Practical Equipment Ltd, known later simply as PEL, was the leading manufacturer of modernist tubular steel furniture in Britain. Established in Rounds Green, Oldbury, near Birmingham the company was formed in 1931 by Tube Investments Ltd, a steel tube company actively seeking to develop new markets for their products and keen to emulate the success of German furniture company Thonet. Critically acclaimed projects that commissioned work from PEL in the 1930’s included the BBC’s Broadcasting House, Wells Coates’ luxury flats at Embassy Court in Brighton, and the De Le Warr Pavilion in Bexhill-on-Sea.
In the same manner as Thonet each model in PEL’s range was known simply by an alpha-numeric model number rather than by a name or that of its designer, and whether by accident or design this concept neatly reflected the modernist ideal of anonymous mass-production. Just how well PEL’s domestic furniture sold however is unclear. There is certainly a reasonably plentiful supply of examples remaining in Britain, thanks chiefly to their high quality and simple construction.
Adapting to changing tastes and stiff international competition PEL gradually shifted emphasis from the ground-breaking modernist design of their early production to the functionalist practicality of their mass-produced stacking chairs. These latter items sold phenomenally well and kept the company bouyant throughout the 1930’s.
Many items in PEL’s initial range are the work of British architect and designer Oliver Bernard. Before his association with PEL Bernard was known chiefly for his interior work for Lyons’ Tea Rooms and his entrance to the Strand Palace Hotel in London in which he used chairs by Thonet.
As early as 1932 PEL had hoped to begin volume manufacture of the RP6 stacking chair for the commercial market, but production was halted by a legal challenge from the designer Bruno Pollak. Pollak won his challenge over the patent for the stacking chair concept and PEL were forced to license it in order to begin production of the RP6 in 1934.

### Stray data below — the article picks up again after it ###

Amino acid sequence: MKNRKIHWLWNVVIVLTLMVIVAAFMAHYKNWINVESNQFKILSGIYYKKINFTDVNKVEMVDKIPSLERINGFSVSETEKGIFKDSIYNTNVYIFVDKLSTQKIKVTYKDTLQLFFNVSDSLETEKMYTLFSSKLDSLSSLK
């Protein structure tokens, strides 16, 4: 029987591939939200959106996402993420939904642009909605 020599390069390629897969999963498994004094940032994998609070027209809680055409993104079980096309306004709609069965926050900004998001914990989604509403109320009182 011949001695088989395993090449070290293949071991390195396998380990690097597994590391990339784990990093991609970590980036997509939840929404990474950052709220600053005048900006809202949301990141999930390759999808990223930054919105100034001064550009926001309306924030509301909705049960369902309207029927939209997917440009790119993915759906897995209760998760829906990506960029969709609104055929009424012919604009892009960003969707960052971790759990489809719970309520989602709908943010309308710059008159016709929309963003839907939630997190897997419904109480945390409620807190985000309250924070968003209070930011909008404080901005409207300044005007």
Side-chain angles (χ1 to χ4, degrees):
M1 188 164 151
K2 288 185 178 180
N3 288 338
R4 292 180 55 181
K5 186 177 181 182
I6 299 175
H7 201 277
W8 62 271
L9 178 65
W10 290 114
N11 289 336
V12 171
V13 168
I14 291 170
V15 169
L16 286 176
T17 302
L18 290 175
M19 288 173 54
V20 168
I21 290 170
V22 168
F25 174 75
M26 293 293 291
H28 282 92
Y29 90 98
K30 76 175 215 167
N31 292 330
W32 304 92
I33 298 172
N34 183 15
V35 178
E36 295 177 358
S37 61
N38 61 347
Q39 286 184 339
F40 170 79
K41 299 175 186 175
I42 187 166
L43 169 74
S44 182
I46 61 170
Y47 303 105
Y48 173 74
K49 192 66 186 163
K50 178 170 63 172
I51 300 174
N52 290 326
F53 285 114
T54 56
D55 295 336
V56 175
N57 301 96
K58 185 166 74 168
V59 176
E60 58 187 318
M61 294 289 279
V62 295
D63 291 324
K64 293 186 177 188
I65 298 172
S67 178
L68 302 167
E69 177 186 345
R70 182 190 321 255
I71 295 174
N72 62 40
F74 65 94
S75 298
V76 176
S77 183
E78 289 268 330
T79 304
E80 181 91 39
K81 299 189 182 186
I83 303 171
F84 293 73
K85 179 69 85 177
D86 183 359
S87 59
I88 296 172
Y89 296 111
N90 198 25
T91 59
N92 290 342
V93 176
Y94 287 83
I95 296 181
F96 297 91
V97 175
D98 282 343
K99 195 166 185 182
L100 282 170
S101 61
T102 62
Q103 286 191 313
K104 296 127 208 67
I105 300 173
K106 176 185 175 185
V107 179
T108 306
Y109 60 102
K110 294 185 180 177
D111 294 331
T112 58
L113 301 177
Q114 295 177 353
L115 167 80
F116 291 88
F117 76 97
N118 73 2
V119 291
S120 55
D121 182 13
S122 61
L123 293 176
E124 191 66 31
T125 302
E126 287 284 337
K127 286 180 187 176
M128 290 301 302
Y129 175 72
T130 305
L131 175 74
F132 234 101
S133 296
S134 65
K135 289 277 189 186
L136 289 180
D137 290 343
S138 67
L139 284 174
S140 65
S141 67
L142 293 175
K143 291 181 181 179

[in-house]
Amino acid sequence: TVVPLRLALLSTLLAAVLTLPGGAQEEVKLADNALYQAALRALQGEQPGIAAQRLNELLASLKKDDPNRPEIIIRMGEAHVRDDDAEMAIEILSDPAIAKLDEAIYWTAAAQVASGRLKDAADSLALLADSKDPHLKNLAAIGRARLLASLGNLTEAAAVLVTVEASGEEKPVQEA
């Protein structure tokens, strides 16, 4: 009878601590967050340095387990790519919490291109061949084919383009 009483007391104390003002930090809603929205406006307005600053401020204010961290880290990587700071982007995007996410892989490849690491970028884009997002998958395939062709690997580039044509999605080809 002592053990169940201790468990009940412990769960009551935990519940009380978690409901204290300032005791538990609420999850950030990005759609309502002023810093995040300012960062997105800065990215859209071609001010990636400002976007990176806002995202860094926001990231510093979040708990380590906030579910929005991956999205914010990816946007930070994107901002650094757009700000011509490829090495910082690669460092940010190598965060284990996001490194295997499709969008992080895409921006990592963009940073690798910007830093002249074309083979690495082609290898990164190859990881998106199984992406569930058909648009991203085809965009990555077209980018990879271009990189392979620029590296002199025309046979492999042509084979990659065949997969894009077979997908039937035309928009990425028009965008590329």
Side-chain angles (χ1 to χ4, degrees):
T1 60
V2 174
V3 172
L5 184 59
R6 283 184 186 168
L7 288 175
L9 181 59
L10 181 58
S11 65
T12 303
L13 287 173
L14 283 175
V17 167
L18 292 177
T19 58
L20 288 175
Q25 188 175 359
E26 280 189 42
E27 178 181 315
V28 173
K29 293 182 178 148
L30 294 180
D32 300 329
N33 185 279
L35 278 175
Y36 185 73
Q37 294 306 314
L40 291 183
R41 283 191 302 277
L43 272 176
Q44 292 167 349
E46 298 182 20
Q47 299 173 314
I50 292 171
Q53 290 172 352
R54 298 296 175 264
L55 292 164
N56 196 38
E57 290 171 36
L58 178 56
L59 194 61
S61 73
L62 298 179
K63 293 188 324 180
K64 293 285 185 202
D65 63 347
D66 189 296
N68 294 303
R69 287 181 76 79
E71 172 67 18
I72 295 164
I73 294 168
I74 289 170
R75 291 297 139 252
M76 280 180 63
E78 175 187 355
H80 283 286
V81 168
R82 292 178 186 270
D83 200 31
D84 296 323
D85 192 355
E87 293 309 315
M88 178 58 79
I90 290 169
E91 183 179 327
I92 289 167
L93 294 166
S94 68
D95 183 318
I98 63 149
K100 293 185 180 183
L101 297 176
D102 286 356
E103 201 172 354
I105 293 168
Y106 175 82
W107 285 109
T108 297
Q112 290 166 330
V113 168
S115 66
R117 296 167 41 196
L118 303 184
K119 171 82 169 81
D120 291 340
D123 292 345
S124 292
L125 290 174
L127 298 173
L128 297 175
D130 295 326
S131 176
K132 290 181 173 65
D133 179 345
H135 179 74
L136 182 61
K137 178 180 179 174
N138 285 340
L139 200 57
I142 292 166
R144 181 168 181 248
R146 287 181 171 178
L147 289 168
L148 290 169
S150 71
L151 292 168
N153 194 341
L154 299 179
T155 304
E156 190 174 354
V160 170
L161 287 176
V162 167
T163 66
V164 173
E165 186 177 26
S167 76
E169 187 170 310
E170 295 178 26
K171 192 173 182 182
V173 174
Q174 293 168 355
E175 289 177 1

Serge Chermayeff the prolific Russian émigré designer, writer and architect of the De La Warr Pavilion (with Eric Mendelsohn), was commissioned to design several pieces for PEL including a version of the chair he supplied to the BBC at Broadcasting House. Other examples of his work from this period include several pieces of furniture for P.E. Gane and his delightful Ekco AC74 radio set.
PEL manufactured a small number of a Mart Stam designed chair.
Several PEL pieces were designed by the famous architect Wells Coates whose work includes the Isokon flats in Hampstead and Embassy Court in Brighton. PEL later supplied the furniture for Coates’ development at Embassy Court and his private flat in London.
Coates also had a successful relationship designing for Ekco, for whom he created what is perhaps the most iconic of all 1930’s British radio sets the Ekco AD65.
OTHER MODELS & APPLICATIONS
PEL were commissioned by Odeon cinemas to produce the lobby sofas for several of their new super-cinemas, and these were later made available to the public. Examples were originally to be found in our local Odeon in Muswell Hill by George Coles.
Here we see a pair of single bed frames (many married couples still often slept in separate beds in the 1930’s) alongside a rarer double bed frame. PEL produced several successful bedroom ‘suites’.
Tables and sideboards
PEL produced a wide range of tables ranging from large dining tables to small cocktail trolleys. Most were available with either a glass or lacquered black top as shown.
PEL produced several sofas which made good use of tubular steel.
We are always happy to learn more about PEL and certainly if anyone has any original examples for sale please do let us know! See the about section for contact details.
© Modernist Tourists 2017